In the book, The Absolutely True Diary of a Part-Time Indian, there is a chapter dedicated to Junior and his friend Rowdy going out into woods and climb this tree that they climb all the time. Alexie waxed poetically about the trees in the Pacific North West. Being from that area, it made me super nostalgic.
So when we decided to read a book about a boy in Olympia who likes to climb trees, it was obviously going to make me just as happy right?
To quote the late, great Charlie Murphy,
What the hell even was this book? A textbook about trees, and ecosystems, and burying cooked ass salmon, and shit? This is not what I was hoping to read.
The Eagle Tree by Ned Hayes is about a boy named March who has autism who perceives the world around him in tree terms. When he learns that his favorite tree is danger, he sets about trying to save it. The book also explores the struggles people close to an autistic boy would face, such as what his mother, teacher, and other mentors have to deal with when interacting with him.
Full disclosure, I’ve never knowingly interacted with anyone with autism. I don’t know anything about how they deal with their surroundings. So, to say I got nothing out of reading this book, wouldn’t be wholly truthful. I gained more insight into the thought process of someone with autism and what their friends and family have to deal with on a daily basis.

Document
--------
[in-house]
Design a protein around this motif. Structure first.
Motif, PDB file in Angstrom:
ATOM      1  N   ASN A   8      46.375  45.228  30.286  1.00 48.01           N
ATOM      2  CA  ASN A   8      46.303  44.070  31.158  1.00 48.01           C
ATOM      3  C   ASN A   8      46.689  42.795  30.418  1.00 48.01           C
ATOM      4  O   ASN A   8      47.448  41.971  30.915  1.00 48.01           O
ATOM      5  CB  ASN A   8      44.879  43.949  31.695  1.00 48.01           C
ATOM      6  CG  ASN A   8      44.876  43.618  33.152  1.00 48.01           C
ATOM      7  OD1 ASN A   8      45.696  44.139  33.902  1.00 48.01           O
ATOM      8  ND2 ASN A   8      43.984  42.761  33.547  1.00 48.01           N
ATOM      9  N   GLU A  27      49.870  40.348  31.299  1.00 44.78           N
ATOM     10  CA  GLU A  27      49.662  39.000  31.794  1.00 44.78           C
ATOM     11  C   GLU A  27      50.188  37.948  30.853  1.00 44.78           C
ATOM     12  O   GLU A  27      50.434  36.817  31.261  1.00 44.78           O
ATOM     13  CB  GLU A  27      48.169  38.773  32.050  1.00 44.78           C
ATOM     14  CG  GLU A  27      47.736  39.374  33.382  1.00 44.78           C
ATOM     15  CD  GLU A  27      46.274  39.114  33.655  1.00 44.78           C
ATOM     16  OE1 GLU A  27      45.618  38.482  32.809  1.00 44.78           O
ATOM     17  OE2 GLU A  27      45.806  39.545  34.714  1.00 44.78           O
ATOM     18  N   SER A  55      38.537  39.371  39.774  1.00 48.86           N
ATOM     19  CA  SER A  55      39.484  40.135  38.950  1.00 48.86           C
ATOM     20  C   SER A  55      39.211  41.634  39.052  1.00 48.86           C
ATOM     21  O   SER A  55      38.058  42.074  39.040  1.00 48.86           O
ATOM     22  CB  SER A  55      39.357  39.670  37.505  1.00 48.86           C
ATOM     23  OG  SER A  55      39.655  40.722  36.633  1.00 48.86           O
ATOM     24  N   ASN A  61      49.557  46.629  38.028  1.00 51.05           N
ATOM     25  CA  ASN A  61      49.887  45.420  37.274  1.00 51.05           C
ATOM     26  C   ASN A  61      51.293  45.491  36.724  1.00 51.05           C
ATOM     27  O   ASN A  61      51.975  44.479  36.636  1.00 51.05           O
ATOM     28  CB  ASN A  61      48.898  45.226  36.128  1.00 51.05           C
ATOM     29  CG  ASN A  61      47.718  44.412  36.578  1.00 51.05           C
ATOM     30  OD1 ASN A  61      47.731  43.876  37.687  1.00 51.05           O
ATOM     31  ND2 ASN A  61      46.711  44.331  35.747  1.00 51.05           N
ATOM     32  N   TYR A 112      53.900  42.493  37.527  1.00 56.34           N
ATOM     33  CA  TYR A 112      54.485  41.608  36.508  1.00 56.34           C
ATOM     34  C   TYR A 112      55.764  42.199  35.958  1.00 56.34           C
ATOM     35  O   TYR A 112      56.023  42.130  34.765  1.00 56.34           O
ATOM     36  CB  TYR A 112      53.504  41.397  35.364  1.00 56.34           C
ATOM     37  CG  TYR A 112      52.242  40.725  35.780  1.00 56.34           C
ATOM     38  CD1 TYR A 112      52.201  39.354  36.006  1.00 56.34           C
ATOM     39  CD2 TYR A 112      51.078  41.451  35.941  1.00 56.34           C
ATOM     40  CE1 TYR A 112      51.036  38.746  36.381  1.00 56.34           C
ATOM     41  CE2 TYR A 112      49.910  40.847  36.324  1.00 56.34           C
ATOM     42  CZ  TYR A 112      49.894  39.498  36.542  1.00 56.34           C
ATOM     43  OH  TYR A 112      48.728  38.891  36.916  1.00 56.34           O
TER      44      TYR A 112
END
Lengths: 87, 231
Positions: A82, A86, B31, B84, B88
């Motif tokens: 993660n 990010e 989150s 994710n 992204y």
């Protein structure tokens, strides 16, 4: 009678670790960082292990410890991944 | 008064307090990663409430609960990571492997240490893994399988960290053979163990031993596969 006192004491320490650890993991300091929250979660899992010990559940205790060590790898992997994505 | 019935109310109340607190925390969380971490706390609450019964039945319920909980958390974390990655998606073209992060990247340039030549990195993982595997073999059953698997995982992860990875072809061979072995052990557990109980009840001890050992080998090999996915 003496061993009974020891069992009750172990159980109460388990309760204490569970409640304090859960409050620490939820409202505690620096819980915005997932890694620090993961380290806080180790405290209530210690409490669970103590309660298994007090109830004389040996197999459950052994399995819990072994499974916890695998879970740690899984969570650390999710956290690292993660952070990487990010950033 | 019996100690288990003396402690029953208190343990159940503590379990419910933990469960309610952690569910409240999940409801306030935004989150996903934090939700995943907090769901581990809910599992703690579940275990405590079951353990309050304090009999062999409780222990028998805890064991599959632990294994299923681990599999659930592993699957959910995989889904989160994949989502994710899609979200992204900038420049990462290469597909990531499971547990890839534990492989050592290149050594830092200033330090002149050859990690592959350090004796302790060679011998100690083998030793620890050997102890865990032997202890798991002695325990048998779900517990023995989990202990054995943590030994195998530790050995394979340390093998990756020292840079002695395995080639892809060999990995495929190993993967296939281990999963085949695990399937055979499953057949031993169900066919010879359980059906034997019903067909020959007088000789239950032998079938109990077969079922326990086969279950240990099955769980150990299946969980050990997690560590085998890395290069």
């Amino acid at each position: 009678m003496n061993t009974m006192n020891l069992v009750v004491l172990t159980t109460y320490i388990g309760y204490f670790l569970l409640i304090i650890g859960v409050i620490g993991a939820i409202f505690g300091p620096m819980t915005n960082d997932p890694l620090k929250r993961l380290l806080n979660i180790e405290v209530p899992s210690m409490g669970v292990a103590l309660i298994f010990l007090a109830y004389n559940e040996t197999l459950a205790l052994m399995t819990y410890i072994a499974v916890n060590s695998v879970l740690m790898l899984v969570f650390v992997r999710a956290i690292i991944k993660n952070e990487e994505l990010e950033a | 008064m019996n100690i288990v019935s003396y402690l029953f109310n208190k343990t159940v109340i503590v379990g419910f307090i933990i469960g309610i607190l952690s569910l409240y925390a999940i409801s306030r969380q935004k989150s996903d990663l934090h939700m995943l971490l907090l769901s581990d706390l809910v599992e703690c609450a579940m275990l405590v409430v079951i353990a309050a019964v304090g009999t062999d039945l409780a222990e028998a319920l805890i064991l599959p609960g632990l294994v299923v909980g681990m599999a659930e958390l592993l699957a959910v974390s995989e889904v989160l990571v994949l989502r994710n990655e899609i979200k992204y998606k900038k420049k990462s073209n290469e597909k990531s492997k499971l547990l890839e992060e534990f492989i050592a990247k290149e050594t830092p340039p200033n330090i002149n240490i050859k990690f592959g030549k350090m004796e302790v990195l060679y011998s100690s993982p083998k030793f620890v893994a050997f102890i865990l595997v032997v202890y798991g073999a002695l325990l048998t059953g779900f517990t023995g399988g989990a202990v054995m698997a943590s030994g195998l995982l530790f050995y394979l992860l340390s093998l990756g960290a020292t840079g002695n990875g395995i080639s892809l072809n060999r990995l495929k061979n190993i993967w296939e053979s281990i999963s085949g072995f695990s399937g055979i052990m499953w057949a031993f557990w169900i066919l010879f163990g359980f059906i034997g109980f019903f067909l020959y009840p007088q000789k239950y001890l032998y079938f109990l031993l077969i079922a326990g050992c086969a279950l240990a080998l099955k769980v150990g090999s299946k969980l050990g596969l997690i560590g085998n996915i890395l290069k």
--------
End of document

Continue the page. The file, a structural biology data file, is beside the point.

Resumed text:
I have nothing but love for those people, I always knew they had it rough, but if March is an accurate depiction, they’re outright super heroes.
I also learned I’m probably going to hell. March exhibits strange behaviors and requires even weirder behavior from his mother in order to calm down. This happens before you learn that he has autism, so in my own defense I was laughing before I knew, ok.
I still felt super bad about it though.
Overall Grade: C+
If you are someone who would like to read a book written from the perspective of an autistic teenager, then you might like The Eagle Tree.
If you are someone looking to read a book about trees, I’m sure there are other nature books that will do a better job making you homesick for the Pacific Northwest.